10. 10. Lessons Learned- Chandra <ul><li>Good </li></ul><ul><li>NAR identified the issue of scale up - the 0.4 scale technology demonstration mirrors were of insufficient size to address the problems associated with manufacturing the largest of the Chandra mirrors. </li></ul><ul><li>A pathfinder program was created. </li></ul><ul><li>Bad </li></ul><ul><li>Insufficient funding results in the pathfinder program being scaled back, deleting those parts of the program dealing with mirror mounting. </li></ul><ul><li>Scale up issues associated with mirror manufacturing were much greater than anticipated. </li></ul>
  11. 11. Lessons Learned- X-33 <ul><li>Technology necessary to enable a single-stage-to-orbit did not exist yet program was implemented anyway. </li></ul>
  12. 12. Lessons Learned- SLI <ul><li>Technology necessary to meet performance requirements did not exist. </li></ul><ul><li>Technology program was implemented to develop the necessary technology but – </li></ul><ul><li>The time schedule allotted to the technology development effort was insufficient to permit anything but current technology to be used – which couldn’t meet performance requirements! </li></ul>
  13. 13. Development of the Radio Frequency Countermeasures System GAO Studies F-15 and B-1 requirements added Customer’s expectations Developer’s resources Developer proposes additional resources Customer says no Program start Developer reports 197% cost increase & 15-month delay Match achieved
  14. 14. <ul><li>What does Technology Impact? </li></ul><ul><li>Stakeholder Expectation: GAO studies have consistently identified the “mismatch” between stakeholder expectation and developer resources (specifically the resources required to develop the technology necessary to meet program/project requirements) as a major driver in schedule slip and cost overrun. </li></ul><ul><li>Requirements Definition: If requirements are defined without fully understanding the resources required to accomplish needed technology developments then the program/project is at risk. Technology assessment must be done iteratively until requirements and available resources are aligned within an acceptable risk posture. </li></ul><ul><li>Design Solution: As in the case of requirements development, the design solution must iterate with the technology assessment process to ensure that performance requirements can be met with a design that can be implemented within the cost, schedule and risk constraints. </li></ul>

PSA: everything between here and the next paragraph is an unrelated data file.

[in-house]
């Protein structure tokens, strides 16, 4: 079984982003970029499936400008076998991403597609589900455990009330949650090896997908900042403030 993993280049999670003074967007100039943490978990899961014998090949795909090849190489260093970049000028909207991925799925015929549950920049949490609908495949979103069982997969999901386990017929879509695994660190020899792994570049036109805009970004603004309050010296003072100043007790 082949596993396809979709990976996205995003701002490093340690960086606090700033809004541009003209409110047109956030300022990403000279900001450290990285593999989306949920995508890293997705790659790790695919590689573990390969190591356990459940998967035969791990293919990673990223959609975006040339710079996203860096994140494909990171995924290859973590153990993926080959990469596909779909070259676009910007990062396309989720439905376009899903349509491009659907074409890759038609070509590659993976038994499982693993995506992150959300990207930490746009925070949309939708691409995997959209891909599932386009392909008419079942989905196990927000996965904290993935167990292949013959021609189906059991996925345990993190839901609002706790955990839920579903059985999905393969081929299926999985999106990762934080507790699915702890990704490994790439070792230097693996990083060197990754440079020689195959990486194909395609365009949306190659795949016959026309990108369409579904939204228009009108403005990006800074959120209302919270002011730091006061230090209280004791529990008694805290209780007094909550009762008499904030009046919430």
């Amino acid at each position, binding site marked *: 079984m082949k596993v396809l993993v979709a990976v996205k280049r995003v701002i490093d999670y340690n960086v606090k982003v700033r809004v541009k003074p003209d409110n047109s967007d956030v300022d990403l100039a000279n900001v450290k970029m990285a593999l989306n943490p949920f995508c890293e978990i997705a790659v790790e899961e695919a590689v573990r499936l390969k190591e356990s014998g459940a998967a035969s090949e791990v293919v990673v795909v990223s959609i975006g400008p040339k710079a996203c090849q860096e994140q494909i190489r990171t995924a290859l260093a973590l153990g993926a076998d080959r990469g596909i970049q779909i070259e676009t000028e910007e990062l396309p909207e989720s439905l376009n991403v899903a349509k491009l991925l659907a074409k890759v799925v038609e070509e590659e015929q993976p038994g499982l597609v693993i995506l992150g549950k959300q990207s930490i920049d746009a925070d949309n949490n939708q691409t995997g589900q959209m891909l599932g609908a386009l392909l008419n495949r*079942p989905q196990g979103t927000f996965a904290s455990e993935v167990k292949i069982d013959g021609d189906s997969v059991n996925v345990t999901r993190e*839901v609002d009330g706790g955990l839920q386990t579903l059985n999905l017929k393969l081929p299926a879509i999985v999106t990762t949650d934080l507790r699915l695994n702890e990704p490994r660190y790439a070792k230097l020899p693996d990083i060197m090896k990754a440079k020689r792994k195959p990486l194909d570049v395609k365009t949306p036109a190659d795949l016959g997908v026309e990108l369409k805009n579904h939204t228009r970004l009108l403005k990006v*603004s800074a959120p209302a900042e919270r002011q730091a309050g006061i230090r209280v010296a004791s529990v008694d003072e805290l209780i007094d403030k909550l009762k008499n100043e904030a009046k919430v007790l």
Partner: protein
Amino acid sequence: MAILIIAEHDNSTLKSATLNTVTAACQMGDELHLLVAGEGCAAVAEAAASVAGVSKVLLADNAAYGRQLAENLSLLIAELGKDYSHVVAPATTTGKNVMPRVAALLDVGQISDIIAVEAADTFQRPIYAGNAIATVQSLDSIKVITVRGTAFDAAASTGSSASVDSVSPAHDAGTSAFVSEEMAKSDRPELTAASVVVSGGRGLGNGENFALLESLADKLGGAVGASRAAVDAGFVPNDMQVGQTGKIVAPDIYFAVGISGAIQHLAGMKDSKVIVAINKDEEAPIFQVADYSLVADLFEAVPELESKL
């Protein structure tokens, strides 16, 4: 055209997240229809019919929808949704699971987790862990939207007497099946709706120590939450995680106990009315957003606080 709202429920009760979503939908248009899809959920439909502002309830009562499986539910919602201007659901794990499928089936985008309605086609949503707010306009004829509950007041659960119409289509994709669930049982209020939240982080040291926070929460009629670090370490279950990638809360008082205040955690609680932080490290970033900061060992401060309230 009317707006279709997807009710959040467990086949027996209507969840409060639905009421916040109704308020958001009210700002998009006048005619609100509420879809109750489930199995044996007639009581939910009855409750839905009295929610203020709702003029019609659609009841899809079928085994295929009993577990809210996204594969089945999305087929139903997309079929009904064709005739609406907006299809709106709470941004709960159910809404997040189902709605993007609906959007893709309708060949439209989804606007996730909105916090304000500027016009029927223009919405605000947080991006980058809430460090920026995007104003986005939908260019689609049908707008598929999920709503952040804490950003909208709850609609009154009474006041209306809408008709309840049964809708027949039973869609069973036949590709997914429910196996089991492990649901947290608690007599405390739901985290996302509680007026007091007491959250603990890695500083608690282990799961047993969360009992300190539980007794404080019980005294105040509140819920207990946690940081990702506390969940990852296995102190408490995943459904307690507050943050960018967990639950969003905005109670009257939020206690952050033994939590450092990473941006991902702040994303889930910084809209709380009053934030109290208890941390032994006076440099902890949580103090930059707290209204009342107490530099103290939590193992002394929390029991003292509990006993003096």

15. 15. <ul><li>What does Technology Impact? </li></ul><ul><li>Risk Management: In many respects, technology assessment can be considered a subset of risk management and as such should be a primary component of the risk assessment. </li></ul><ul><li>Technical Assessment: Technology assessment is also a subset of technical assessment and implementing the assessment process provides a substantial contribution to overall technical assessment. </li></ul><ul><li>Trade Studies: Technology assessment is a vital part of determining the overall outcome of Trade Studies, particularly with decisions regarding the use of heritage equipment. </li></ul>
  16. 16. <ul><li>What does Technology Impact? </li></ul><ul><li>Verification/Validation: The verification/validation process needs to incorporate the requirements for technology maturity assessment in that in the end maturity is demonstrated only through test and/or operation in the appropriate environment. </li></ul><ul><li>Lessons Learned: Part of the reason for the lack of understanding of the impact of technology on programs/projects is that we have not systematically undertaken the processes to understand impacts. </li></ul>
  17. 17. <ul><li>So – How do you do Technology Assessment? </li></ul><ul><li>It is a two-step process that involves: </li></ul><ul><ul><li>The determination of the Technology Readiness Levels (TRLs) (i.e. current level of maturity) of all of the systems, subsystems and components required to meet program/project requirements. </li></ul></ul><ul><ul><li>The determination of the Advancement Degree of Difficulty (AD 2 ) (i.e., what is required to advance the immature technologies from their current TRL to a level that permits infusion into the program/project within cost, schedule and risk constraints. </li></ul></ul>